Are you a senior on retirement jobs search? When last did you update your CV and attend an interview? Now, at the risk of trying to ‘teach my grandmother to suck eggs, I offer you the following tips and techniques.
Looking to earn extra income, change career, work part time, or re-enter the workforce? Retirement doesn't always mean a complete end to paid work. Plan your jobs search, before you officially retire.
Don’t rely solely on your CV or Resume - network your way into a new position when you retire from your primary career. Don’t retire without a plan. Just as in your primary career, it’s easier to get a job from a job. Sending out multiple copies of your resume/CV - they stand little chance of being read. Cold calling the job market is not going to get you very far.
You've heard the saying... "It’s not WHAT you know, but WHO you know"... how many times has this proved to be true?
Research showed that 55% of people found jobs through networking. Many of them came through someone who was not the first point of contact, but someone who has been in touch with someone else. A contact may be able to break the ice with a recommendation for you. ’David is very bright, or has some good projects in his record’. This is better than cold calling or just putting your name on a web site.
Network! Seek interviews using contacts. This is more effective for post primary career change/reinvention than the traditional style of answering adverts and sending resumes.
Employment agencies and search firms are appropriate if you are looking to stay in the same industry and career.
Identify who has the power to hire you and use contacts to get to see that person. The HR department’s job is to screen you OUT
Go to the interview with your own agenda, your own questions about whether or not this job is for you. Don’t let your CV/Resume be used as the sole agenda. Try to shape the interview to reveal what you have to offer.
Do thorough research on the organisation. Speak to someone working there, if possible. Talk to people who are already doing that job. Are your skills relevant, does it seem like an interesting place to work? What is the company culture, what are their goals? Not everyone does this; this alone will put you ahead of many people.
Use the interview to check out the organisation and your potential manager. Sure, you are on trial, but so is the company! Some interviewers are not very good at interviewing and are afraid they might make a wrong choice. Help reassure them!
Here’s what they’re afraid of...
Here’s where the over-fifties have an advantage. You have an extensive network of contacts, who will vouch for you. You have a wealth of experience and transferable skills. You have a track record and you know your strengths and weaknesses. You have the 3Ms - Mental, Motivation, Mature. You may not need much training - you can learn new skills because you have the right attitude and motivation.
Perhaps you are flexible as regards full time/part time, project or temporary work. You may be in the fortunate situation that income is not a priority.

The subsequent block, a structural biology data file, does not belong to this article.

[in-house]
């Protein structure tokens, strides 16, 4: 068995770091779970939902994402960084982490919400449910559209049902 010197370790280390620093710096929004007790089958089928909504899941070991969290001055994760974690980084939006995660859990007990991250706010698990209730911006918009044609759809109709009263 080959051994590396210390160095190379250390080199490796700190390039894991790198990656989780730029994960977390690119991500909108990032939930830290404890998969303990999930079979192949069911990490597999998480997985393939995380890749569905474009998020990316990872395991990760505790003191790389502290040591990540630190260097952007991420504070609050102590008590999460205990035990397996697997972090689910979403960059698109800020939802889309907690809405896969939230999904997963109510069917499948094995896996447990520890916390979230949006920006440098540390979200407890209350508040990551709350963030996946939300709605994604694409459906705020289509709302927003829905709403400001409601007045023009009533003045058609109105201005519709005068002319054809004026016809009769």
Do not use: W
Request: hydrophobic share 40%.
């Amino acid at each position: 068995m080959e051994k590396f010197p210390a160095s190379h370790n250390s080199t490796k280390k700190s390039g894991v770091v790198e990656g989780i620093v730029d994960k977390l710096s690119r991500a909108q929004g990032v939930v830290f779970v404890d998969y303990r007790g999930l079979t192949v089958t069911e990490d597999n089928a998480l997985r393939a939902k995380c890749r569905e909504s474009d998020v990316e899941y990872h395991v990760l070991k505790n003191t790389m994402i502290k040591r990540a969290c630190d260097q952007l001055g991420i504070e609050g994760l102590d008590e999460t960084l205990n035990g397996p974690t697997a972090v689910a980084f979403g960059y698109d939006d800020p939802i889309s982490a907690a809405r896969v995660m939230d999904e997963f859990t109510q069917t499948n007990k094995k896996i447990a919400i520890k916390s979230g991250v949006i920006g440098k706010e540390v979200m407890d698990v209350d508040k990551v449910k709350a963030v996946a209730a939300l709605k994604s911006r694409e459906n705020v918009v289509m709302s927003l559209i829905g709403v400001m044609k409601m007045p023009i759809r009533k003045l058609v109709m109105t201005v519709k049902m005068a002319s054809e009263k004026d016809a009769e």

Who wouldn't want to hire a person with those qualities!
An interview has several standard questions, so you can prepare your answers.
• Why are you applying for this job? Show that you have a sense of direction about your career.
• What can you do for us? Talk about yourself in terms of what you can offer the company. You are offering the employer a resource, you are not pleading for a job.
• What kind of person are you? Personality, emotional intelligence? As a senior you have probably done some psychometric test such as MBTI or 16PF, use that information.
• What distinguishes you from others who can do the same tasks as you?
Here’s a great answer to the weakness
For example coming across as aggressive: In the PAST, SOME people have said that I APPEARED to be aggressive. However, in my role as a supervisor I need to be assertive and this can appear to be aggressive. Or begin your answer with "... here is something I would like to improve ...."
Questions before you leave the interview:
• Given my skills and experience, is there work here you would consider hiring me for? (this for a general interview)
• Can you offer me this job? Bold, but could be effective.
• When can I expect to hear from you?
• Can you think of someone else who might be interested in hiring me? Any suggestions re retirement jobs search? (Optional question, again might be used in general interview or where they say no vacancy)
Other stuff ... "bog standard" but not always done.
1. Neat clothes and clean appearance-‘the apparel oft proclaims the man’.
2. Firm handshake and eye contact
3. No slouching or fidgeting
4. Appropriate self-confidence, business-like, polite.
5. Show interest in the job, you can always change your mind later.
Write a thank you note. It’s polite, and you want the people you meet to remember you. They are impressed, but busy. They get on with their jobs after you leave them.
Here is the key to a successful retirement jobs search and being happy and effective at work post retirement:
A job that feeds your self-esteem by the very doing of it, because you get to use the skills you most love to use, in the field you most love to work in, moving towards those goals you would most love to accomplish.
What are the skills you use when you are enjoying yourself the most, either at work or recreation?
Good luck in your retirement jobs search!
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